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Nova Scotia Community College

NSCC is using data to reduce energy poverty

The Town of Bridgewater has made a name for itself as a community that is going above and beyond to tackle climate change and affordable housing challenges. Continuously thinking outside of the box, Bridgewater’s investments in green business ideas and research have attracted entrepreneurs and innovators with similar ambitions to work in this thriving Nova Scotian town.

Energize Bridgewater aims to reduce energy poverty and address the climate crisis in a way that includes the most vulnerable residents of the community. This visionary work presented an ideal opportunity to collaborate with the Nova Scotia Community College’s (NSCC) Applied Energy Research Lab. Led by Dr. Wayne Groszko, the AERLab works with industry and communities to solve energy challenges.

“Our lab has extensive experience in energy monitoring and communicating data-driven findings related to energy use,” said Dr. Groszko. “We decided to work together to develop a proof-of-concept for a residential energy management information system. This project draws on my team’s skills and aligns with the Town’s goals.”

Jessica McDonald, the Town of Bridgewater’s Energize Bridgewater Project Director, explains how an energy management information system is an important piece of supporting infrastructure and will help them meet their ambitious goals:

An energy management information system is an integrated system that collects data on energy usage in a building and provides feedback on how to manage that energy usage to save money and reduce emissions. Once fully developed and deployed, this tool will help our residents cut their energy bills and help us measure progress towards our sustainability goals.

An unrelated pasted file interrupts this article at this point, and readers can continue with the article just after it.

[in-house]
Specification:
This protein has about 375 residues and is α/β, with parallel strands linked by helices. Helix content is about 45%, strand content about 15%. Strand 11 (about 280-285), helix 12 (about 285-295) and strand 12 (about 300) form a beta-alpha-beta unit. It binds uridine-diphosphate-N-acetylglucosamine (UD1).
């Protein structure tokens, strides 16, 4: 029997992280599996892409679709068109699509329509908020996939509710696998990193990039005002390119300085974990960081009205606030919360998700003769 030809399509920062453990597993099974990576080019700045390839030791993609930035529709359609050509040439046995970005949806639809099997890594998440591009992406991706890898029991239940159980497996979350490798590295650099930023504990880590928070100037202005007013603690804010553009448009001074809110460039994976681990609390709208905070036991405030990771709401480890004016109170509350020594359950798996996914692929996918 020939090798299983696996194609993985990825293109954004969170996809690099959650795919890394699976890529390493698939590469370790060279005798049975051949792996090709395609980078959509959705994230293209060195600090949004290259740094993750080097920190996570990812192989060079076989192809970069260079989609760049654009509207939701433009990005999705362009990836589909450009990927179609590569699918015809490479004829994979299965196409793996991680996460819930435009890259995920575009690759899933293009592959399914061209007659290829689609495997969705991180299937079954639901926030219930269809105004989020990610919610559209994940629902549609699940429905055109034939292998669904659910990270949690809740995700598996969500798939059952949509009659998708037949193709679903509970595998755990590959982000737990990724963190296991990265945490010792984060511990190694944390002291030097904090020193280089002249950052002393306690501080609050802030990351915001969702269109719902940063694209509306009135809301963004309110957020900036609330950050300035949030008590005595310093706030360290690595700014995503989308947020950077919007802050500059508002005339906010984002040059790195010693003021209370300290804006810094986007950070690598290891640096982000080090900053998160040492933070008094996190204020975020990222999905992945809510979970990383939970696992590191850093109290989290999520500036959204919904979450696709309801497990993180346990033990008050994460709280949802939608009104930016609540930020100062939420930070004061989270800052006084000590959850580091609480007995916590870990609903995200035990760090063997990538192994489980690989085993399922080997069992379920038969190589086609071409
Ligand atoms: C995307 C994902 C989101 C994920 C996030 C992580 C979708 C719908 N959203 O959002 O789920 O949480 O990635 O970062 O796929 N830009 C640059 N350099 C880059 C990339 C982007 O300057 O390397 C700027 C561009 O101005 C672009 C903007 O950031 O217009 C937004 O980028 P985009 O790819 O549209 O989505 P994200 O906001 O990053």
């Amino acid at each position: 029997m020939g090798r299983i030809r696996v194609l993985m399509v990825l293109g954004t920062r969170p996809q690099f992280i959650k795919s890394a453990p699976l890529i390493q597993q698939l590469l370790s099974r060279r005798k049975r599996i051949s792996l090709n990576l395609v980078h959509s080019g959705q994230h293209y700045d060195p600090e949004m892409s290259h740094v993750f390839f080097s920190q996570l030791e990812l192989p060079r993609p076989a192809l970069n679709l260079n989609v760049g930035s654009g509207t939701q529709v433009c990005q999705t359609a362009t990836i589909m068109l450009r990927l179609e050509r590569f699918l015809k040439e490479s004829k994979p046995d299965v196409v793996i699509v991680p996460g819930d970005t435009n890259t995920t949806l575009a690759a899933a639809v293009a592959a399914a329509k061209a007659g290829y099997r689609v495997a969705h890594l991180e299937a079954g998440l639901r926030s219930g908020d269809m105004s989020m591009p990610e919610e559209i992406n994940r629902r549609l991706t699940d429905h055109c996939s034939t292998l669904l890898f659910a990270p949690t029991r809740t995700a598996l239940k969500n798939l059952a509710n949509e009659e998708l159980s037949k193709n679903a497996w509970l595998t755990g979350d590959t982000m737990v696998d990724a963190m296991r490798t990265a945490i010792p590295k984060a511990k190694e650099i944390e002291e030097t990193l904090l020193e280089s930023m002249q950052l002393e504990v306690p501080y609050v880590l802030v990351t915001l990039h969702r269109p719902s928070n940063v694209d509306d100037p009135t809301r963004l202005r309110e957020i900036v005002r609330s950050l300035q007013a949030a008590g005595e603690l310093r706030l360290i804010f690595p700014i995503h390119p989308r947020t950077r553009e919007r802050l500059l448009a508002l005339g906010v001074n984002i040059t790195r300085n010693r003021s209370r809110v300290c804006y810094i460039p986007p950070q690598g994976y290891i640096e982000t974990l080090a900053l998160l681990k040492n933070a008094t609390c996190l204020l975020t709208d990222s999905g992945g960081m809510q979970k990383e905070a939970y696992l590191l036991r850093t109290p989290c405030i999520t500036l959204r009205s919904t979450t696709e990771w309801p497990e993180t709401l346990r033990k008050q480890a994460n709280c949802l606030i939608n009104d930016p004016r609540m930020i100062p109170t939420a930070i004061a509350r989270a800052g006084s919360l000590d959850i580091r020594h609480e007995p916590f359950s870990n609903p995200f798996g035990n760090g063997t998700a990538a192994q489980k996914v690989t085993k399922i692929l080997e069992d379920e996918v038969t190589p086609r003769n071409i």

The sophisticated system measures data such as household energy consumption, heating performance, air quality and many other vital pieces of information. What makes this project unique is that this complex system that is usually only available for larger commercial buildings will be deployed community-wide at the household level. Even more interesting is that these systems will first be offered to households in situations where it is difficult for them to pay their energy bills.

“Nova Scotia has one of the highest rates of energy poverty in the country,” said Bridgewater’s mayor, David Mitchell. “The Town of Bridgewater envisions a future for our community where energy poverty reduction strategies work together with clean and efficient energy systems to confront energy poverty at its core.”

Dr. Groszko and his team are currently testing the proof-of-concept for the energy management information system in their lab at Ivany Campus in Dartmouth. They hope to participate in field trials with beta-test users in the coming months.

“We are preparing the scope of work for the field-testing stage and for the design of a follow-up support system,” said Groszko. “This next step speaks to the relationship between the energy management information system and the residents who will be invited to make use of it. It will address questions on how to make the information understandable and actionable, how residents will know if their energy situation is improving and who to call if they have a question. We are part of the team that will be looking at these human factors.”

NSCC is excited to be working with the Town of Bridgewater on this forward-thinking project. Once it is operating, this project could be used in communities across Canada to provide residents with information on their energy usage and show them ways to save money and reduce their carbon footprint.

Adrienne Madden

Adrienne Madden

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